Trump, UN General Assembly, and Climate Change

Posted by Madison Ross on Oct 10, 2017 12:00:00 PM

Photo Courtesy of TIME Magazine

In his speech at the 72nd Session of the United Nations General Assembly, Donald Trump praised the idea that jobs are best kept locally within the United States because it increases the GDP and grows the stock market. However, based on the allegations of “drugs, weapons, and people” being brought by “international criminal networks,” into the United States, the 45th president of the United States concludes that it is too dangerous for the country to keep its borders open. He then suggested other countries follow his lead.

“We do not expect diverse countries to share the same cultures, traditions, or even systems of government,” he said. “But we do expect all nations to uphold these two core sovereign duties: to respect the interests of their own people and the rights of every other sovereign nation. This is the beautiful vision of this institution, and this is foundation for cooperation and success.”

Essentially, the president of the United States promoted the concept of countries closing their doors in order to protect themselves from the potential dangers they pose to one another. But who will protect all of us from the dangers of climate change?

Photo Courtesy of Business Insider

Checking out Bill Nye and his lesson, sponsored by National Geographic, on climate change awareness and its biggest victims, viewers learn that the ocean suffers the most because of increased carbon emissions. Life underwater (i.e. coral reefs and life that depends on these reefs) is in harm’s way due to “ocean acidification, the rise of acidity in the ocean’s chemistry as a direct effect of carbon dioxide in the atmosphere reacting with salt water,” Nye says. And if this major source of livelihood dies, it can affect billions of people.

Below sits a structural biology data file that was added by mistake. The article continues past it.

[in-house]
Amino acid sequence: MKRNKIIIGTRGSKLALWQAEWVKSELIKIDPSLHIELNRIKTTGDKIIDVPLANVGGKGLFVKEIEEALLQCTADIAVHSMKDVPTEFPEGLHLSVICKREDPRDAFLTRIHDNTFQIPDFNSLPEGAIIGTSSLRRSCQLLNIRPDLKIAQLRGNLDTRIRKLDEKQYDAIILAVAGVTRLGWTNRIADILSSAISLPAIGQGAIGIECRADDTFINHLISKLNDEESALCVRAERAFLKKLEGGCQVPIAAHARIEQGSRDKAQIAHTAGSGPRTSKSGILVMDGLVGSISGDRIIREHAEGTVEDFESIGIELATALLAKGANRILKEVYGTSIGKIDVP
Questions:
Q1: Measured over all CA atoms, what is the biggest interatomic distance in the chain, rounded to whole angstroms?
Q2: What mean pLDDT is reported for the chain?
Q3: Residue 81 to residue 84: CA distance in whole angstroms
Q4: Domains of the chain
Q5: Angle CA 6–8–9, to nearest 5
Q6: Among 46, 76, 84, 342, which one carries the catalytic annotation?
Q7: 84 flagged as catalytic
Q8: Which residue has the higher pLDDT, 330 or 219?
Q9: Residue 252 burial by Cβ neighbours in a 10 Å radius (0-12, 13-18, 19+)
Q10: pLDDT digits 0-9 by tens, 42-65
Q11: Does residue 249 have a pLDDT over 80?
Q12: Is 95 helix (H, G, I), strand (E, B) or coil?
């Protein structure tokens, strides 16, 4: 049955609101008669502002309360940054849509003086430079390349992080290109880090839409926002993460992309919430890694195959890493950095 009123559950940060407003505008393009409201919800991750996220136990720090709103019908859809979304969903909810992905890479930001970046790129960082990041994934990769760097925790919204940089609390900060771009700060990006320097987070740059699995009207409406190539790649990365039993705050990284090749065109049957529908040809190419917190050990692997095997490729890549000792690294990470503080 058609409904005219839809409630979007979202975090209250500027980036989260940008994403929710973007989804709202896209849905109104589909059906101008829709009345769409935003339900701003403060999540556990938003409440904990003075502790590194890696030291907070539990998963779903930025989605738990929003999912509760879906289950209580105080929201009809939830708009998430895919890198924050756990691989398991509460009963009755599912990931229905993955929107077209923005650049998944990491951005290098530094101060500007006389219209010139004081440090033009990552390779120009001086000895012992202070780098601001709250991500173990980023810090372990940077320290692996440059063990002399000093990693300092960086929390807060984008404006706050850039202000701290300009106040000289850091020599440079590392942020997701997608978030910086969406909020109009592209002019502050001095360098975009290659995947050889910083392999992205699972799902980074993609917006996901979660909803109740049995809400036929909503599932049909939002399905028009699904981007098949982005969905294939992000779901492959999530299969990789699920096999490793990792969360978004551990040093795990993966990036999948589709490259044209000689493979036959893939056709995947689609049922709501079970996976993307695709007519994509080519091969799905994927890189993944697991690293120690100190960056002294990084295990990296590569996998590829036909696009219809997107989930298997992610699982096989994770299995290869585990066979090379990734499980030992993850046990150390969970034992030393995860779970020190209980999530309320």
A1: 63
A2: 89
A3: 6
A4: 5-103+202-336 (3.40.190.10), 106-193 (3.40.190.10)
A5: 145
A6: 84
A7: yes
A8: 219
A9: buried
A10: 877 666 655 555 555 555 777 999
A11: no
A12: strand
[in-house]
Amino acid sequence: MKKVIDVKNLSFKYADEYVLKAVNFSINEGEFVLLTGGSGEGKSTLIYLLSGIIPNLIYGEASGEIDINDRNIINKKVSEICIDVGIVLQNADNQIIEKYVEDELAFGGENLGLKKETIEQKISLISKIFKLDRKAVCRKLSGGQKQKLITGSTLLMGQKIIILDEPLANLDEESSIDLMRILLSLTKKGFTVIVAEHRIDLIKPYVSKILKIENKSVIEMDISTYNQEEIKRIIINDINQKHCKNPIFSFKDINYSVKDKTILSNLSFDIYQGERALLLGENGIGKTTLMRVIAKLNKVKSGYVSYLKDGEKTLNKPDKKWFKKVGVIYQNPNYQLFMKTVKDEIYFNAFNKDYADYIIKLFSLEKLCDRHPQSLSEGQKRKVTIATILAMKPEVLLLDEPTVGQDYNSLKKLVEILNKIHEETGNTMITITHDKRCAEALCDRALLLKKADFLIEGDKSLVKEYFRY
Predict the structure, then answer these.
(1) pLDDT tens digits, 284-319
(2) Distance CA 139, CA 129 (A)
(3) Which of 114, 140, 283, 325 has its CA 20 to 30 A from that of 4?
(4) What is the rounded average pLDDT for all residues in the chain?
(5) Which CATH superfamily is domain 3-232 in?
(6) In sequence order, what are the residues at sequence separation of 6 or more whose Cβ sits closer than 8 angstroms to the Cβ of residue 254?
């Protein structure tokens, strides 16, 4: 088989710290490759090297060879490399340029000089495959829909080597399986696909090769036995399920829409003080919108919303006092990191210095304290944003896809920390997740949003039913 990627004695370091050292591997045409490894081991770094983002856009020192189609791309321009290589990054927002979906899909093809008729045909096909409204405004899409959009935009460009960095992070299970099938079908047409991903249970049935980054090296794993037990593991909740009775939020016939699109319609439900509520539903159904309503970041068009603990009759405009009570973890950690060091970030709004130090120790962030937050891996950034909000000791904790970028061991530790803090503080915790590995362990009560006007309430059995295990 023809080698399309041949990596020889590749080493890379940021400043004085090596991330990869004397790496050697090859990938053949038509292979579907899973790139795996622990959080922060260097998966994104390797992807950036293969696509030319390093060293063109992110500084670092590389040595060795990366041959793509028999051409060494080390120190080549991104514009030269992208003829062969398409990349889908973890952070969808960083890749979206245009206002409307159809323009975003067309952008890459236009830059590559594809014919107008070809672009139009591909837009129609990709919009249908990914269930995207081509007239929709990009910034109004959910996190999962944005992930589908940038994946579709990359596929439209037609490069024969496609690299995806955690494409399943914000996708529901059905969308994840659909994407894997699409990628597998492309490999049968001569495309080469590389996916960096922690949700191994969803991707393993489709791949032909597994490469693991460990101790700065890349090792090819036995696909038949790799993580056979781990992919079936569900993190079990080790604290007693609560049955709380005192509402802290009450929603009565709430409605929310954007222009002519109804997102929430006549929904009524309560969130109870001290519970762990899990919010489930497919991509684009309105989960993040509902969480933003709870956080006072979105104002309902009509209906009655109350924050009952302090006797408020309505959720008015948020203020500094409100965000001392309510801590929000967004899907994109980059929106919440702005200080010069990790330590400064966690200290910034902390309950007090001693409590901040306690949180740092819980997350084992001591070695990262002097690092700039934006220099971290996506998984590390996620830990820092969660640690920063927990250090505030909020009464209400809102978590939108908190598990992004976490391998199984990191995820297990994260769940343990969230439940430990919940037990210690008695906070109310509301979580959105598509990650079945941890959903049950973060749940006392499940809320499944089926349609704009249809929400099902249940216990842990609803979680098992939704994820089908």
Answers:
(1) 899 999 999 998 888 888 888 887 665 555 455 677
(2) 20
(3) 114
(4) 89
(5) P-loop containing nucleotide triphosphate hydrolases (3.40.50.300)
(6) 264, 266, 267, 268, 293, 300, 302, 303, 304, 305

Nye also mentions water levels rising, causing displacement for communities living in coastal regions.

The best piece of advice he offers his viewers is to continue spreading knowledge on the effects of climate change. Current projects like Al Gore’s Climate Reality Project can vouch for Malia Renée Brown, a representative from Al Gore’s Climate Reality, can vouch claiming “there is no better time to talk about climate change than right now.”

Photo of Malia Reneé Brown presenting The Climate Reality Project to LIM College

Today, the world has made progress in confronting climate change in initiating the Sustainable Development Goals and the Paris Climate Accord, which is an agreement dealing with climate change and lowering greenhouse gas emissions. When the United States’ presidential administration wants to pull out of the world’s biggest endeavor to counteract climate change, the Paris Agreement, and instead wants to revert back to more traditional and harmful ways of conducting energy, the situation plays as a conflict of interest in favor for working together to solve an issue that affects everyone in the world.

If the United States’ presidential administration does not wish to support it, here is what the rest of the world can do. According to Sky News, greenhouse gases need to fall by 2.5% annually until reaching zero. This would mean countries like the United Kingdom having to lose 12 million tons of greenhouse gases in the first and replacing it with sustainable alternatives for energy from then on. It also greatly encouraged to reduce, reuse, and recycle if not already.

Topics: United Nations, Donald Trump, World Issues, Climate Change

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